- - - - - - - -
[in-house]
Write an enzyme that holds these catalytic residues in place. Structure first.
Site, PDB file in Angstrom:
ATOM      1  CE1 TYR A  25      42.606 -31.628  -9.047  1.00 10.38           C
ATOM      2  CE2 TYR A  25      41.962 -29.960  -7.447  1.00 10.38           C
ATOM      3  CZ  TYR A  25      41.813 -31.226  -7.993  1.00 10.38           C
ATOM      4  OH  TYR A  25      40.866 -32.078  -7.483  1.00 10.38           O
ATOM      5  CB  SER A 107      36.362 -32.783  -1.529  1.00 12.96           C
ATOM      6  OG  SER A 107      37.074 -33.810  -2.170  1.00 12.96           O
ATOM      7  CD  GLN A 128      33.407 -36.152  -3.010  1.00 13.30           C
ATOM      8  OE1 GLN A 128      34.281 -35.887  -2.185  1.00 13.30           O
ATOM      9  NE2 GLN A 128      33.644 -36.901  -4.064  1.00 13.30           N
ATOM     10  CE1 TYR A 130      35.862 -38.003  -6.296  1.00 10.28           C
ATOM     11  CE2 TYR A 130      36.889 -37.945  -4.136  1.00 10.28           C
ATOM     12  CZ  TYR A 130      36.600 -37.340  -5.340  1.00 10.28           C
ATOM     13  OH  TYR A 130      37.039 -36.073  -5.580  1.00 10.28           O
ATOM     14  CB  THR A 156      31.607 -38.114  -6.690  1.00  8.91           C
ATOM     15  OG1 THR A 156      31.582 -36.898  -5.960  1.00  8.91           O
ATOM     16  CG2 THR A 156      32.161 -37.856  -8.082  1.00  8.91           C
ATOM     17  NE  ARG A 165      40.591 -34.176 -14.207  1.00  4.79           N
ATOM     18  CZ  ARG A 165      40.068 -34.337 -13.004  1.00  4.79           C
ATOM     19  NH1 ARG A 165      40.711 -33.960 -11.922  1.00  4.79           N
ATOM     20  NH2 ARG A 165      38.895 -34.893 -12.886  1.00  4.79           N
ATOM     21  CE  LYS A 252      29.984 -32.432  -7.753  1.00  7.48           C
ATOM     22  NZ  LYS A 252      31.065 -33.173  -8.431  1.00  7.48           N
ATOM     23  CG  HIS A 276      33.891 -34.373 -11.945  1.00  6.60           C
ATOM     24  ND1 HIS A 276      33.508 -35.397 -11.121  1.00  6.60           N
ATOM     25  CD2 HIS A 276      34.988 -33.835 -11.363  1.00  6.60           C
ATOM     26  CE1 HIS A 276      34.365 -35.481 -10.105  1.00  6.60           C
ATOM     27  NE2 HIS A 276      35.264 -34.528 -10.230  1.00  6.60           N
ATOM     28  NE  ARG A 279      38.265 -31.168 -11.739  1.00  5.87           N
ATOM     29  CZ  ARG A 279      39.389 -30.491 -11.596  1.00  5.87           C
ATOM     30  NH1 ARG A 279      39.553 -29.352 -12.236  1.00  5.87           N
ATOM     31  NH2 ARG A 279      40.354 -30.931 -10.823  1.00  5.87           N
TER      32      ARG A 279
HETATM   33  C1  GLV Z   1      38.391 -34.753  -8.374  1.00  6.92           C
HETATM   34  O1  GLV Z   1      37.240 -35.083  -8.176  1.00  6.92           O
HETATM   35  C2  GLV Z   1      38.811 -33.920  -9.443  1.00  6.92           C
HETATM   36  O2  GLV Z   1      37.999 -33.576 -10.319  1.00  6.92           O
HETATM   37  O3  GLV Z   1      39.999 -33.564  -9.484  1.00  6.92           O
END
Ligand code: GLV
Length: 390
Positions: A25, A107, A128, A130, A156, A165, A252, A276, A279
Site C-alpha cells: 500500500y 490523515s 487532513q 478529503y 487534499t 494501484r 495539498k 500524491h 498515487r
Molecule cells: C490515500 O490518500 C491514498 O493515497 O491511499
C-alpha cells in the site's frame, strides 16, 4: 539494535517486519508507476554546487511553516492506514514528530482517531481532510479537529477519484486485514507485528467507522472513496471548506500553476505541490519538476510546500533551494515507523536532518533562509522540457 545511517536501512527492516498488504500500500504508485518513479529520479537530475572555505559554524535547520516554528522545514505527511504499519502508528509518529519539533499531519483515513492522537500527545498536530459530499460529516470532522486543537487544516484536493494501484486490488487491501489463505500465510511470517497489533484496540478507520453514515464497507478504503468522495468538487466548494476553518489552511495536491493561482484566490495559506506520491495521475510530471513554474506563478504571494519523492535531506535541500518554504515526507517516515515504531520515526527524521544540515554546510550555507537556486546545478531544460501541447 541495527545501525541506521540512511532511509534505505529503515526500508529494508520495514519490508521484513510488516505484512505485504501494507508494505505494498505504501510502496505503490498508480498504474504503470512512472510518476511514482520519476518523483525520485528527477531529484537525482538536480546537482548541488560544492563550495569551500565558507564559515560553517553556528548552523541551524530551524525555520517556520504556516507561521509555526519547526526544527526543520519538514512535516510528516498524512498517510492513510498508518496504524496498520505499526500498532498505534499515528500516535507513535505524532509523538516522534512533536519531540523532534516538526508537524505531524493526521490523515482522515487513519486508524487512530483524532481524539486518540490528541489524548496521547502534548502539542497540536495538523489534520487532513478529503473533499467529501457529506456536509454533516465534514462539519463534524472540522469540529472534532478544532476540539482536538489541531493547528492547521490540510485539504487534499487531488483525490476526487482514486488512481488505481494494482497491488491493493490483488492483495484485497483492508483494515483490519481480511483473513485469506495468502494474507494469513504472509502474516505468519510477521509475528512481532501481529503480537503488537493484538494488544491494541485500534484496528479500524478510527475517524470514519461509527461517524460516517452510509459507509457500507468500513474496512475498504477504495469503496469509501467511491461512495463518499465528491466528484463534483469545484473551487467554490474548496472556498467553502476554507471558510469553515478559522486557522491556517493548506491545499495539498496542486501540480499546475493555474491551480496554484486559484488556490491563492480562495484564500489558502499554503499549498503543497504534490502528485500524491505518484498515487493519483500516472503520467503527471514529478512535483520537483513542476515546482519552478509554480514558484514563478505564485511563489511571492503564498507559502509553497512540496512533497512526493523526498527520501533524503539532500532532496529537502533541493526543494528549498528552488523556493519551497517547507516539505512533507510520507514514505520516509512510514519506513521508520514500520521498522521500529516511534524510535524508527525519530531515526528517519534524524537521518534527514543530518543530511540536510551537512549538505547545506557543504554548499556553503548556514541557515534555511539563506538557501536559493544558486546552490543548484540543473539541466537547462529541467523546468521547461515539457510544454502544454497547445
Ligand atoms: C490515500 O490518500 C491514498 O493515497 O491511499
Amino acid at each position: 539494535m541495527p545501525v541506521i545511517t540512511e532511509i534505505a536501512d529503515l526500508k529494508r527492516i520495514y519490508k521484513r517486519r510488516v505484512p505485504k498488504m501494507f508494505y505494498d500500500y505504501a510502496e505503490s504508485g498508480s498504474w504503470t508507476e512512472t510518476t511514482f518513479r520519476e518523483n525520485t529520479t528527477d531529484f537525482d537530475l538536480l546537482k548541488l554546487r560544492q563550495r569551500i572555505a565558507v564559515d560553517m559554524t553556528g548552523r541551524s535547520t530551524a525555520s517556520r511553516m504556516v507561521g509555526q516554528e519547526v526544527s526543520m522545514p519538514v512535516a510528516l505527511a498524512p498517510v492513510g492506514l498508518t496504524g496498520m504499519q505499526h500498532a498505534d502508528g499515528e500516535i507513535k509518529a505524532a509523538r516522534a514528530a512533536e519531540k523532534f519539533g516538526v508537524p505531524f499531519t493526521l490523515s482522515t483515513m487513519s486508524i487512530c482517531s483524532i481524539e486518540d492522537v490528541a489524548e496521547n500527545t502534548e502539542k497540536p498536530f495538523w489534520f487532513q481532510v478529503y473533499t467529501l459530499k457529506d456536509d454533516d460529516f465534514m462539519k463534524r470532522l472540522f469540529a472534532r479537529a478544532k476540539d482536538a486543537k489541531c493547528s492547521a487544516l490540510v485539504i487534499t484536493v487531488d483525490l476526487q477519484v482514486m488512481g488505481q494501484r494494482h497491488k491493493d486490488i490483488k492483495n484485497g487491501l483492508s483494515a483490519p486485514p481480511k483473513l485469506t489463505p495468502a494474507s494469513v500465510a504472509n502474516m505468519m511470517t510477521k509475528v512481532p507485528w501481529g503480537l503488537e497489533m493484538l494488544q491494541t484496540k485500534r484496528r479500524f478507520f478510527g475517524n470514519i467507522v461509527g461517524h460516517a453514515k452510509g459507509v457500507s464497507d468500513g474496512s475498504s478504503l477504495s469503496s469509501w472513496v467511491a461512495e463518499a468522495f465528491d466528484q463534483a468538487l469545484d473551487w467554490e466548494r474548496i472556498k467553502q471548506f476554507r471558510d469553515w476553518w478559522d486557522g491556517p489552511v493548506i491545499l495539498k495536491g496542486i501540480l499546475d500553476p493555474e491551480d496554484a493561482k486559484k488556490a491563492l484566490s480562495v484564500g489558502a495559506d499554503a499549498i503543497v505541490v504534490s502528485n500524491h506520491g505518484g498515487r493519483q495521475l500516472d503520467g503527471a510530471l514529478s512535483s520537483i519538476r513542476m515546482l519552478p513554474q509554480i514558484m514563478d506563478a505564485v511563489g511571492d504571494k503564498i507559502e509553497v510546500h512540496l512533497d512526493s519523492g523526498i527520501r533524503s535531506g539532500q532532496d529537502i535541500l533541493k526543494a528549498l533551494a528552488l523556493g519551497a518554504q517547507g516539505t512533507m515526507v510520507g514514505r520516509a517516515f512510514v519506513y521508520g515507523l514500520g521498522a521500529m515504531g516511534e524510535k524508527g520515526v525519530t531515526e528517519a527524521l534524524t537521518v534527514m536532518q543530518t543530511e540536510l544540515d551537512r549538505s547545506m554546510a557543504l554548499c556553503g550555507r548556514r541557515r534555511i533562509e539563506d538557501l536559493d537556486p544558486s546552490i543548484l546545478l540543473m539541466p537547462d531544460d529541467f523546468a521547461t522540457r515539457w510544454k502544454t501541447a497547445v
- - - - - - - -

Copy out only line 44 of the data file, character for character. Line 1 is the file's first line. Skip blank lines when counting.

Positions: A25, A107, A128, A130, A156, A165, A252, A276, A279